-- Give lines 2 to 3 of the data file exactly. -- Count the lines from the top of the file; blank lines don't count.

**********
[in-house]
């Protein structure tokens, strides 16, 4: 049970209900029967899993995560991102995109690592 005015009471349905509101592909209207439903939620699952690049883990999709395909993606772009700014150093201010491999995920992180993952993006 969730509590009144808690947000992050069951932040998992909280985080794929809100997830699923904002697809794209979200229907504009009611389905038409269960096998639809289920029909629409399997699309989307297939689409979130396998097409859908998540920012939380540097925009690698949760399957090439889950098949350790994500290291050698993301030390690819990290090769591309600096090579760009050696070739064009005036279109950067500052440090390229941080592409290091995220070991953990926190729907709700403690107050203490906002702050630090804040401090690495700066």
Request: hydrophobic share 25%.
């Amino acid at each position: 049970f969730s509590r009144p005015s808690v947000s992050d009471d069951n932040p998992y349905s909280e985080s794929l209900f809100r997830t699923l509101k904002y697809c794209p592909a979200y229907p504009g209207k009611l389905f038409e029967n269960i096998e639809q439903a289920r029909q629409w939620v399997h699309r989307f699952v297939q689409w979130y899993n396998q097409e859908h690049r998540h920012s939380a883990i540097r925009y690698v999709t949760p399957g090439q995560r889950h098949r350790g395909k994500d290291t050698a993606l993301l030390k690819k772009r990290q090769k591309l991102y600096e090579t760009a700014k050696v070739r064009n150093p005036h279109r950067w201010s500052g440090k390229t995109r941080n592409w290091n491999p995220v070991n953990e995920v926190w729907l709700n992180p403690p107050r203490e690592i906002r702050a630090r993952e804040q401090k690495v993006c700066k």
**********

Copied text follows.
């Protein structure tokens, strides 16, 4: 049970209900029967899993995560991102995109690592 005015009471349905509101592909209207439903939620699952690049883990999709395909993606772009700014150093201010491999995920992180993952993006 969730509590009144808690947000992050069951932040998992909280985080794929809100997830699923904002697809794209979200229907504009009611389905038409269960096998639809289920029909629409399997699309989307297939689409979130396998097409859908998540920012939380540097925009690698949760399957090439889950098949350790994500290291050698993301030390690819990290090769591309600096090579760009050696070739064009005036279109950067500052440090390229941080592409290091995220070991953990926190729907709700403690107050203490906002702050630090804040401090690495700066």
Request: hydrophobic share 25%.